Candidates forum: McDonough wants Elk River to be attractive, affordable; Burandt says she’s a policy wonk who will listen

by Joni Astrup

Associate editor

Elk River City Council candidates Barb Burandt and Michael McDonough faced off in a congenial forum Saturday, Sept. 15, in Elk River.

Both are running for an open seat in Ward 3.

Barb Burandt
Michael McDonough

McDonough said he’s “just a guy” who works 60 hours a week as an operations manager at a trucking company.

“It gets interesting to have a job and feel like you work so hard and then come home and pay taxes and have fees and see things go up and up and up and your wallet get thinner and thinner and thinner,” he said. “… That’s why I’m running. I’m running because I truly want Elk River to be attractive and affordable.”

Burandt, a nurse and attorney, described herself as a “policy wonk” who will listen.

“I think listening is one of my big strengths,” Burandt said. “I am much more of a listener than a talker.”

She said it’s important to listen to the people council members are elected to serve.

The hour-long forum was sponsored by the Elk River Area Citizens League and held at City Hall. It was moderated by Jerry Hendrickson.

Responding to a question about their biggest concern regarding city government and how would they address it, Burandt said the concern of many cities in Minnesota is their financial future, partly due to the slowdown of the economy and of business growth that affects tax base.

To support city services it’s important to have an opportunity to expand the tax base and the biggest challenge is to add and grow businesses, she said.

McDonough said the city needs to be fiscally responsible.

“Elk River has an AA+ credit rating,” he said. “I don’t think there’s any question of how responsible they are.”

However, he’d like the council to look at ways to possibly decrease the city’s tax burden, noting that the city’s tax rate has gone up.

Asked about the strengths and weaknesses of Elk River’s city government, McDonough said the financial stability of the city is a strong point. He also said the city administration and council members are effective leaders.

He believes communication between the staff and City Council is a strong point as well, noting that there is lots of information provided to council members before meetings.

While not necessarily a weakness, he sees room for improvement in community involvement by citizens and businesses, which is one way to reduce city costs.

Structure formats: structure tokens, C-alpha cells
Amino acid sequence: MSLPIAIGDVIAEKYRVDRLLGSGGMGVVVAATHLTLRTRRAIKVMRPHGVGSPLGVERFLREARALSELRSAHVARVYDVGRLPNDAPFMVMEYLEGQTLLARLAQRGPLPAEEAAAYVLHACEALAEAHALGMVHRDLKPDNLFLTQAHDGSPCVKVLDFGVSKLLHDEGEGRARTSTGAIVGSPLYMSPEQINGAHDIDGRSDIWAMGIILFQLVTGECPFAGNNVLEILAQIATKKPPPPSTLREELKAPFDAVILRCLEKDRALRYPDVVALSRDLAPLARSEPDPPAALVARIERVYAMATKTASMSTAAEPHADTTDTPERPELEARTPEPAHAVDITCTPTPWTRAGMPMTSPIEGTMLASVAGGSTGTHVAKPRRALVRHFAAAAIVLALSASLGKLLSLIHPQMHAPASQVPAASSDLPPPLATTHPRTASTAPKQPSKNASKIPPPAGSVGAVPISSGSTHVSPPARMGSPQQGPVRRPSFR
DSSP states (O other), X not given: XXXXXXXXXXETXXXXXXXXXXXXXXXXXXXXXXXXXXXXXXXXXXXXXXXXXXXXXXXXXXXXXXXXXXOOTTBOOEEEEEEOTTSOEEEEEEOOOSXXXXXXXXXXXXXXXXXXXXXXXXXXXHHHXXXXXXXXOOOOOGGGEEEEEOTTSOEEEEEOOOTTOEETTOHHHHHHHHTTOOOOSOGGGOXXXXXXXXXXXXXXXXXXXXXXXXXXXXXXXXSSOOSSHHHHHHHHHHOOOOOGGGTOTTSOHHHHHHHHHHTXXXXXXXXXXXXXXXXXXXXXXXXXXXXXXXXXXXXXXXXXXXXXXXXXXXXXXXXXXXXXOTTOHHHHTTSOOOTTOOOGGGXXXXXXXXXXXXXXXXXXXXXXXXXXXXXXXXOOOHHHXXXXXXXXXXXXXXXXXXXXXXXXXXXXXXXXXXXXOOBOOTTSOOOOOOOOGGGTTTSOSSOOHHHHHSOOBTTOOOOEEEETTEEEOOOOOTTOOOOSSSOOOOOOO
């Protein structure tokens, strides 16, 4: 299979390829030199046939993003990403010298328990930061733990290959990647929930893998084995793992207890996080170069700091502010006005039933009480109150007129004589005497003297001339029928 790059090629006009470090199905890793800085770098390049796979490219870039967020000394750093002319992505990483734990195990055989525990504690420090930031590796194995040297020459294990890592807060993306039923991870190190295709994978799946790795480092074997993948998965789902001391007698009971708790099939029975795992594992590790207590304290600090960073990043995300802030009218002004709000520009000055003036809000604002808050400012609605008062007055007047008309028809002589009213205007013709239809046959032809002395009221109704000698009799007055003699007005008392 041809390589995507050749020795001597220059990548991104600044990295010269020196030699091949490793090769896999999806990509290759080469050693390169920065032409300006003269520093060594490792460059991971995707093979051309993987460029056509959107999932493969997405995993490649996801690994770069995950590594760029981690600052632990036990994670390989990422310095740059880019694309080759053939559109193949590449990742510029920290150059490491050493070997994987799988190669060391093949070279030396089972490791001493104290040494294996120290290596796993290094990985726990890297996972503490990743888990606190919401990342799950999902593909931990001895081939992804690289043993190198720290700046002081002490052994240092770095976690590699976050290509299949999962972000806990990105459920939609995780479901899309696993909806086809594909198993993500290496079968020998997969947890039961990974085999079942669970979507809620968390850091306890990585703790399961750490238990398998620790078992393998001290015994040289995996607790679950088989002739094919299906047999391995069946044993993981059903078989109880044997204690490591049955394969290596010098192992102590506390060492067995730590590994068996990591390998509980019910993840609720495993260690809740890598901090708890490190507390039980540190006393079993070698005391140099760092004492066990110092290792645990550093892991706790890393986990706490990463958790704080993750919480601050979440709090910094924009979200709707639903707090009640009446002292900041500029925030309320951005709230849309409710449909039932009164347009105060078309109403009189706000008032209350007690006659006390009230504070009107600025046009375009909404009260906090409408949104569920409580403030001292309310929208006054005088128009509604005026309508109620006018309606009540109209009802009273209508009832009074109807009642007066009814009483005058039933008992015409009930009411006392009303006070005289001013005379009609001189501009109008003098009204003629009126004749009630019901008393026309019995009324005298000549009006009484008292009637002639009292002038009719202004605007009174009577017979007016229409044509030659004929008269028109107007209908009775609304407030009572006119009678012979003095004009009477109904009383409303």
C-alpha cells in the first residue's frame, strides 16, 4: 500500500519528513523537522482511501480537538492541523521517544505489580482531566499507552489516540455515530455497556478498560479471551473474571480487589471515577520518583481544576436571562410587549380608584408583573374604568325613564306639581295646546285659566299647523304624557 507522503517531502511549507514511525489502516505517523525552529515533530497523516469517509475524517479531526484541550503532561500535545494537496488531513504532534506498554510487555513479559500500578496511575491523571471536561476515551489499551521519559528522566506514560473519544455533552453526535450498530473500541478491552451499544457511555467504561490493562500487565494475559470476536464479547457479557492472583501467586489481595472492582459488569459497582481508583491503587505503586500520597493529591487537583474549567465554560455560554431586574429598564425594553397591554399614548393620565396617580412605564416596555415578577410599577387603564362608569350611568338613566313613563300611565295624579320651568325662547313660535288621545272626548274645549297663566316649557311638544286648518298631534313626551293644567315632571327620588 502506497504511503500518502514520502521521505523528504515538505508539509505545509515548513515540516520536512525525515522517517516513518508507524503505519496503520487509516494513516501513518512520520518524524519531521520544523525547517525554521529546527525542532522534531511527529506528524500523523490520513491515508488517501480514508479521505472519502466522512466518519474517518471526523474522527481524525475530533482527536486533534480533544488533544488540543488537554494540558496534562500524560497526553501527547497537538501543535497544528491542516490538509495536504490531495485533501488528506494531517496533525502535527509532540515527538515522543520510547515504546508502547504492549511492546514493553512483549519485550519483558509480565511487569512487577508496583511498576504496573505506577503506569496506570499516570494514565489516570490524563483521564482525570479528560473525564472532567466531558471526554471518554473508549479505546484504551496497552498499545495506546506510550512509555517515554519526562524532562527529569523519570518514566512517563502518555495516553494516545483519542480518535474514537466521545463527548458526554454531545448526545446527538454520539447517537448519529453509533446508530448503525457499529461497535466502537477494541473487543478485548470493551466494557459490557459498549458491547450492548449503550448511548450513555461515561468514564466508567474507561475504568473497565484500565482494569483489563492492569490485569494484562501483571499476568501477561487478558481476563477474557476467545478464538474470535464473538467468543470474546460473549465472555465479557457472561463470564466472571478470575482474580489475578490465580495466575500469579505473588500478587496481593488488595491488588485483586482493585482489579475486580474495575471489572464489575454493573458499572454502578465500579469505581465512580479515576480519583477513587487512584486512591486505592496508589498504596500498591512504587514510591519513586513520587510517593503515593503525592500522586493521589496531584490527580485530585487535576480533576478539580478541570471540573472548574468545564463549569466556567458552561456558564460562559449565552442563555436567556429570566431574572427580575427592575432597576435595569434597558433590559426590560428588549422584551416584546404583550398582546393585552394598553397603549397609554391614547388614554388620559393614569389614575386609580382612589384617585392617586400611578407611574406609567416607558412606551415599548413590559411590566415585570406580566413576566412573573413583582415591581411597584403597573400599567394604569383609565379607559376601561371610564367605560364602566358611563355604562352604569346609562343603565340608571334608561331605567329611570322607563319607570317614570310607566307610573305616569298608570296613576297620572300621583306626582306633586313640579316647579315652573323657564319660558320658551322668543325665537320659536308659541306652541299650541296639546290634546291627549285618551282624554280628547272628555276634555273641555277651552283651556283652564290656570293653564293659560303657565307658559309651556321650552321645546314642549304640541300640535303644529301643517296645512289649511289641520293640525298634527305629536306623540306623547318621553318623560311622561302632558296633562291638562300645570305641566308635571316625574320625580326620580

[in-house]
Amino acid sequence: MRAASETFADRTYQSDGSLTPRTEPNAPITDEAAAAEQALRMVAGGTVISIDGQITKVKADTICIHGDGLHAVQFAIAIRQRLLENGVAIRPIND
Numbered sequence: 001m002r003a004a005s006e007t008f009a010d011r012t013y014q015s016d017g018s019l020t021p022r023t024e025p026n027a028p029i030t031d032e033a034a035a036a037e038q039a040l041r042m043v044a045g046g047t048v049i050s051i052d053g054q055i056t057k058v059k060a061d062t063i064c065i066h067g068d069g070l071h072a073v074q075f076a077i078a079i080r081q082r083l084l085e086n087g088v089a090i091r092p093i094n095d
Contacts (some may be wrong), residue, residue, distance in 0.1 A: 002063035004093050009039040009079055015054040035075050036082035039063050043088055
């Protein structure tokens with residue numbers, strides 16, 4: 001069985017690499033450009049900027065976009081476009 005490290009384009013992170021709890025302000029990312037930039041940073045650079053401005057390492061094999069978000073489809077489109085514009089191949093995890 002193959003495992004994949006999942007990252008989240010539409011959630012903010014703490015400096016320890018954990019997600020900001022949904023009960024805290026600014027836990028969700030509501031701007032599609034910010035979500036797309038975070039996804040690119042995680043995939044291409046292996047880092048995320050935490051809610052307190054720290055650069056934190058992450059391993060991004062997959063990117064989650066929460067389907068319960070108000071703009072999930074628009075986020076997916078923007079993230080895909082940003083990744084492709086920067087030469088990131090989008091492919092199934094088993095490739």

Burandt, too, feels the city is in a good financial position and has had good financial leadership. “We do know that because the economy is struggling … we’re not going to raise taxes,” she said. That will create challenges, she added.

Burandt believes the city has excellent police, fire and ambulance services. The fact that the city has 900 acres of parkland is “wonderful,” she said. A challenge is upgrading those parks but not at the cost of things like roads, police and fire.

Asked if cuts are required, what would they be, Burandt said cities have to look at what their core services are and maintain those. She also advocates using more volunteers, such as in parks.

In addition, Burandt would look at how the city can be more efficient.

McDonough said essential services include things like police, fire, streets and sewer services and making sure there is adequate response time in emergencies.

That being said, McDonough noted: “If you’ve got enough money to afford a Pontiac, you shouldn’t be driving a Cadillac.”

He favors community involvement and sponsorships in areas like parks and recreation to help reduce government costs.

Asked if there are too many city commissions, McDonough said he’s a fan of limited government.

“Yes, I believe that there are a lot of commissions. I would say that there are some that are more essential than others,” he said.

He said it would be wise to look at what’s essential and what’s not, and figure out how to get the community more involved.

Burandt said the commissions are the citizens and cover specific topics like housing, economic development and parks and recreation. They offer an opportunity to make sure those topic areas are not lost in the management of the city and bring forward issues so they can be dealt with and not overlooked. “So I think they are important,” she said.

Candidates were also asked why the city wants growth.

McDonough said increasing the city’s tax base allows the tax burden to be spread out more. “That allows you to lower taxes,” he said.

Burandt said growth is the opposite of stagnation.

“If we stagnate, the services that we have available will increase in cost for businesses, citizens and homes,” she said.

Strategic growth, based on plans to grow businesses so there are more jobs, spreads out the cost for services, she said.

In closing remarks, Burandt said Elk River is a very special place where she has lived since she and her husband, Dave, married more than 40 years ago.

She said her background has prepared her for the role of council member and sees it as an opportunity to give back to the community.

McDonough said he loves Elk River and described it as a community founded in faith and one that residents are proud of.

“I would just be so honored if I were elected to be able to represent the community,” he said.

Where to watch the candidates forum

To see the Elk River City Council candidates forum:

•Go online at

•Watch it on ERtV Channel 12 on Wednesdays at noon and Saturdays at 9 a.m.